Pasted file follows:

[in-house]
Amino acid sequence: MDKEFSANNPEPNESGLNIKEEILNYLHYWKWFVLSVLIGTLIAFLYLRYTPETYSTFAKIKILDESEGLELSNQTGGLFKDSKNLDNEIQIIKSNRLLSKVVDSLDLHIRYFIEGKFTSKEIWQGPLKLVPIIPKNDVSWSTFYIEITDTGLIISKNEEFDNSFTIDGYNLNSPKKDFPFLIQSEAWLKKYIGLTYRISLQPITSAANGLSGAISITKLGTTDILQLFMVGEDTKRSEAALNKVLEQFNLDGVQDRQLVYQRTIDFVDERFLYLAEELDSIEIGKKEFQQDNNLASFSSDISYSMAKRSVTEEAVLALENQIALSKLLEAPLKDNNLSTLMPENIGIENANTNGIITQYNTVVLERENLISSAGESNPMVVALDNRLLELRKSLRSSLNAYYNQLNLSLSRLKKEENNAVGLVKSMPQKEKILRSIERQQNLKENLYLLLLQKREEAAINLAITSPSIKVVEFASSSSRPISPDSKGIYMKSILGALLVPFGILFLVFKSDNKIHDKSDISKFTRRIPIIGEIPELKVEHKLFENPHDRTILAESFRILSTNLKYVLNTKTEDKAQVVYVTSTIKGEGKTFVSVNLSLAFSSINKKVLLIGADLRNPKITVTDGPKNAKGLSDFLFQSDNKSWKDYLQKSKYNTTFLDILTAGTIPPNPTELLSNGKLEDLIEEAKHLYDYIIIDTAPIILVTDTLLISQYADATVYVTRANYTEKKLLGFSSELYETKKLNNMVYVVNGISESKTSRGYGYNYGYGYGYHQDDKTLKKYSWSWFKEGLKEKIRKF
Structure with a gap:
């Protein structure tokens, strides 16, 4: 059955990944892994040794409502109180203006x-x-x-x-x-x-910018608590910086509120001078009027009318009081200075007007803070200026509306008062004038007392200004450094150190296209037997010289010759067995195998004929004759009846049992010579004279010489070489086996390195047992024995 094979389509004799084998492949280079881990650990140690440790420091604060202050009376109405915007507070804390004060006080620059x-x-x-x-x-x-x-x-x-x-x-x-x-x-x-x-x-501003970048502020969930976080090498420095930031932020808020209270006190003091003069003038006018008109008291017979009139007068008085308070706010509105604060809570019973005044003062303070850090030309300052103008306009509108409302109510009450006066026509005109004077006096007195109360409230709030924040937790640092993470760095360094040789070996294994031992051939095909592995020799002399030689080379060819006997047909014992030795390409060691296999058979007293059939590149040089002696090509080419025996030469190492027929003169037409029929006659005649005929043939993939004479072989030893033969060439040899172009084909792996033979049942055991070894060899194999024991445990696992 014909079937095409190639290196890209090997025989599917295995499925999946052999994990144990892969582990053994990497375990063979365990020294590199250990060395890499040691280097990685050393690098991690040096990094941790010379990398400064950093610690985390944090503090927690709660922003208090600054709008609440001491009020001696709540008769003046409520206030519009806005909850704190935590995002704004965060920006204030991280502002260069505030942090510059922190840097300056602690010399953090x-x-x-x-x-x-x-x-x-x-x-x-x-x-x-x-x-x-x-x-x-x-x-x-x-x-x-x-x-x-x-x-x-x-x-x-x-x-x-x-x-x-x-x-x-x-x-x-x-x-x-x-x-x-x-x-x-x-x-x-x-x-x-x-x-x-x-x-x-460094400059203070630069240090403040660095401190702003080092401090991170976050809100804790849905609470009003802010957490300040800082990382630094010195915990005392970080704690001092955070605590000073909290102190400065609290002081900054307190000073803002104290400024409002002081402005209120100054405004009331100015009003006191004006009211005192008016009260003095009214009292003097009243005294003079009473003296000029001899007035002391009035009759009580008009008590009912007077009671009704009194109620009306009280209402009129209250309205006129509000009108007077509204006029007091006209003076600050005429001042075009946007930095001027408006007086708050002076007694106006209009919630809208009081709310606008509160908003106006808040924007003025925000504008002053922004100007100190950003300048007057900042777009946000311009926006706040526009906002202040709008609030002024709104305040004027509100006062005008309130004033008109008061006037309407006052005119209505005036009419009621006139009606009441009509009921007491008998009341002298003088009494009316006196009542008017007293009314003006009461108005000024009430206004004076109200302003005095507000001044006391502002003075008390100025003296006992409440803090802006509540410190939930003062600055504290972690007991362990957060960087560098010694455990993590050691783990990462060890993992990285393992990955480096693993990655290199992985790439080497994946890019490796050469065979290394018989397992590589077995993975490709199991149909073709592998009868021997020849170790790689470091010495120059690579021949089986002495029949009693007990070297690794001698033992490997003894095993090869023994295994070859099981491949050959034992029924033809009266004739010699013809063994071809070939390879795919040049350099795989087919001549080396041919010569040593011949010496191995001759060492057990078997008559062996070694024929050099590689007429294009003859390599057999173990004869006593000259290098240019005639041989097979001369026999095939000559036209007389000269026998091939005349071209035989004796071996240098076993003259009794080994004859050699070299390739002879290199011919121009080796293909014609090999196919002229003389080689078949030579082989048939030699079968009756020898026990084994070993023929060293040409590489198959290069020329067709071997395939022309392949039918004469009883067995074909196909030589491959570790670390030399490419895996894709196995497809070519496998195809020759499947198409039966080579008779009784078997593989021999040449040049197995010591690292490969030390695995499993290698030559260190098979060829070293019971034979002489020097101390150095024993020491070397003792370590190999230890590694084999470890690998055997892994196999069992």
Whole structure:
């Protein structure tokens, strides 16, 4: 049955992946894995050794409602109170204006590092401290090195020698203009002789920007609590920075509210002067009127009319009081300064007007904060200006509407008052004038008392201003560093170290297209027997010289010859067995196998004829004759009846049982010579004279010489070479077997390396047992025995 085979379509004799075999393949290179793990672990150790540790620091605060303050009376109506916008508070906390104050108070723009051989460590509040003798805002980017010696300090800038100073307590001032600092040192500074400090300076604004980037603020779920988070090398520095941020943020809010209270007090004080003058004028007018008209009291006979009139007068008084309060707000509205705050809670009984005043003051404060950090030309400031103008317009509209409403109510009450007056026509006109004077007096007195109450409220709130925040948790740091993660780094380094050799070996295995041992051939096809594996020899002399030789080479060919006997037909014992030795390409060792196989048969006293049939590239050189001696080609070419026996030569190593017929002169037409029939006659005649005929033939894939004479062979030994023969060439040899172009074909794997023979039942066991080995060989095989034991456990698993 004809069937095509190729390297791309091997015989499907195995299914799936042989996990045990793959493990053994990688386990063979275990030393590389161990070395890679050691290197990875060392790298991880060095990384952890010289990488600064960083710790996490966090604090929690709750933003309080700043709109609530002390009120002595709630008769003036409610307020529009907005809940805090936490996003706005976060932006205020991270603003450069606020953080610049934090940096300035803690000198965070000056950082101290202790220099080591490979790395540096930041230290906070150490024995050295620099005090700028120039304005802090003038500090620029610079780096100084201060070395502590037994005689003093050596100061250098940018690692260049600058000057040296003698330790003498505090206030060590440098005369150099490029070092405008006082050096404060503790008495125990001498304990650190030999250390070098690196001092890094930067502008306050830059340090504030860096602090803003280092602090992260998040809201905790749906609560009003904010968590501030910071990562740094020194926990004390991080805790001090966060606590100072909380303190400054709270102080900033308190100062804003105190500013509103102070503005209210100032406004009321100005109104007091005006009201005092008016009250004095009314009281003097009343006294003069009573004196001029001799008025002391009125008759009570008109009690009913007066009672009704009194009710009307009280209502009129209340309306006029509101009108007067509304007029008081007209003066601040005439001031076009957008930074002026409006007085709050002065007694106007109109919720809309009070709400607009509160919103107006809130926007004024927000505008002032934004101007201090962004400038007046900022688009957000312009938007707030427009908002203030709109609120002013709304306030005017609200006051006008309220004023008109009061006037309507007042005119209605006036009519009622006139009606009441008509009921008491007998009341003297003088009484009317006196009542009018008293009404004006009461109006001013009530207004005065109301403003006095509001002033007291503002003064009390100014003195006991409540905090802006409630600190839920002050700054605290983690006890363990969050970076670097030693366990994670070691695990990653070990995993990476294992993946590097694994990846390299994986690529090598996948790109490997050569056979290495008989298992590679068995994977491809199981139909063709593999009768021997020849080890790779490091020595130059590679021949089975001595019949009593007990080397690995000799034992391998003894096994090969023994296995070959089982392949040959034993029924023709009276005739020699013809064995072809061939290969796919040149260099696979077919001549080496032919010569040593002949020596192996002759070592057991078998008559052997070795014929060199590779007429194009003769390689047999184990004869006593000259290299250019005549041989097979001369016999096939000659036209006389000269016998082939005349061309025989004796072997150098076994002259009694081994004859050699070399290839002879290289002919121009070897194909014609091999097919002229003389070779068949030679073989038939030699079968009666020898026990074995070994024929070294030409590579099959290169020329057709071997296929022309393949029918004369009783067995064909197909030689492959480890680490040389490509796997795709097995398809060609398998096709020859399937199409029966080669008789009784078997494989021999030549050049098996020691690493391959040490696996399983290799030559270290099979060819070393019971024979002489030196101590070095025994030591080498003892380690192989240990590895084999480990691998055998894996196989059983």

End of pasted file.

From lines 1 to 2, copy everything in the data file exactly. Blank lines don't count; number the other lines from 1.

[in-house]
Amino acid sequence: MDKEFSANNPEPNESGLNIKEEILNYLHYWKWFVLSVLIGTLIAFLYLRYTPETYSTFAKIKILDESEGLELSNQTGGLFKDSKNLDNEIQIIKSNRLLSKVVDSLDLHIRYFIEGKFTSKEIWQGPLKLVPIIPKNDVSWSTFYIEITDTGLIISKNEEFDNSFTIDGYNLNSPKKDFPFLIQSEAWLKKYIGLTYRISLQPITSAANGLSGAISITKLGTTDILQLFMVGEDTKRSEAALNKVLEQFNLDGVQDRQLVYQRTIDFVDERFLYLAEELDSIEIGKKEFQQDNNLASFSSDISYSMAKRSVTEEAVLALENQIALSKLLEAPLKDNNLSTLMPENIGIENANTNGIITQYNTVVLERENLISSAGESNPMVVALDNRLLELRKSLRSSLNAYYNQLNLSLSRLKKEENNAVGLVKSMPQKEKILRSIERQQNLKENLYLLLLQKREEAAINLAITSPSIKVVEFASSSSRPISPDSKGIYMKSILGALLVPFGILFLVFKSDNKIHDKSDISKFTRRIPIIGEIPELKVEHKLFENPHDRTILAESFRILSTNLKYVLNTKTEDKAQVVYVTSTIKGEGKTFVSVNLSLAFSSINKKVLLIGADLRNPKITVTDGPKNAKGLSDFLFQSDNKSWKDYLQKSKYNTTFLDILTAGTIPPNPTELLSNGKLEDLIEEAKHLYDYIIIDTAPIILVTDTLLISQYADATVYVTRANYTEKKLLGFSSELYETKKLNNMVYVVNGISESKTSRGYGYNYGYGYGYHQDDKTLKKYSWSWFKEGLKEKIRKF